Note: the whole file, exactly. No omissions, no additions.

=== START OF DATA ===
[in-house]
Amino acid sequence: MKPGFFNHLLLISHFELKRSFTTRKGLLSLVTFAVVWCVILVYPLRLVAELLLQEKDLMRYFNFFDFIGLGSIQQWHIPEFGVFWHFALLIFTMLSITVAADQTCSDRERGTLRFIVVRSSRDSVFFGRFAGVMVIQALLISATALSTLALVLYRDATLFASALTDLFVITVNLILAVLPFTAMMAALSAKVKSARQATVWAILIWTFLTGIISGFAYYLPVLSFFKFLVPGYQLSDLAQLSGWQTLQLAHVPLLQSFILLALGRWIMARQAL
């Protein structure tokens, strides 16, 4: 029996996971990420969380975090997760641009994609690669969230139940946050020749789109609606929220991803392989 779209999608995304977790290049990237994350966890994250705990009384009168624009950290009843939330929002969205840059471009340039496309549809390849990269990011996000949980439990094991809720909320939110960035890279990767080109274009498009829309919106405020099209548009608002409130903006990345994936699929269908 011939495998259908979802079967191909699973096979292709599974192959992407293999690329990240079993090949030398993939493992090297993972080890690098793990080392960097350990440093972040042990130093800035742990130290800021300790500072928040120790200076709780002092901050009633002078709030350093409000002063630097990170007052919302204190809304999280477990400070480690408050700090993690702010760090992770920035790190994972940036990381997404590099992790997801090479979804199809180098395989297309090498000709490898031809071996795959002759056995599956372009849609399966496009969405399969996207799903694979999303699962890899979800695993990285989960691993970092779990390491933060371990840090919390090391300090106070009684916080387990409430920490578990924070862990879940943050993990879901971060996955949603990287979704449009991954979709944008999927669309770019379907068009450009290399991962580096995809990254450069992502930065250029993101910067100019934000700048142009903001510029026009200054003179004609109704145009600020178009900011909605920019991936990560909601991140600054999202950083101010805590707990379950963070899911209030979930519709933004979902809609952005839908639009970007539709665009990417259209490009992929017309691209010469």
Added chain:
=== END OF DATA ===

[in-house]
Amino acid sequence: MKPGFFNHLLLISHFELKRSFTTRKGLLSLVTFAVVWCVILVYPLRLVAELLLQEKDLMRYFNFFDFIGLGSIQQWHIPEFGVFWHFALLIFTMLSITVAADQTCSDRERGTLRFIVVRSSRDSVFFGRFAGVMVIQALLISATALSTLALVLYRDATLFASALTDLFVITVNLILAVLPFTAMMAALSAKVKSARQATVWAILIWTFLTGIISGFAYYLPVLSFFKFLVPGYQLSDLAQLSGWQTLQLAHVPLLQSFILLALGRWIMARQAL
């Protein structure tokens, strides 16, 4: 029996996971990420969380975090997760641009994609690669969230139940946050020749789109609606929220991803392989 779209999608995304977790290049990237994350966890994250705990009384009168624009950290009843939330929002969205840059471009340039496309549809390849990269990011996000949980439990094991809720909320939110960035890279990767080109274009498009829309919106405020099209548009608002409130903006990345994936699929269908 011939495998259908979802079967191909699973096979292709599974192959992407293999690329990240079993090949030398993939493992090297993972080890690098793990080392960097350990440093972040042990130093800035742990130290800021300790500072928040120790200076709780002092901050009633002078709030350093409000002063630097990170007052919302204190809304999280477990400070480690408050700090993690702010760090992770920035790190994972940036990381997404590099992790997801090479979804199809180098395989297309090498000709490898031809071996795959002759056995599956372009849609399966496009969405399969996207799903694979999303699962890899979800695993990285989960691993970092779990390491933060371990840090919390090391300090106070009684916080387990409430920490578990924070862990879940943050993990879901971060996955949603990287979704449009991954979709944008999927669309770019379907068009450009290399991962580096995809990254450069992502930065250029993101910067100019934000700048142009903001510029026009200054003179004609109704145009600020178009900011909605920019991936990560909601991140600054999202950083101010805590707990379950963070899911209030979930519709933004979902809609952005839908639009970007539709665009990417259209490009992929017309691209010469």
Added chain: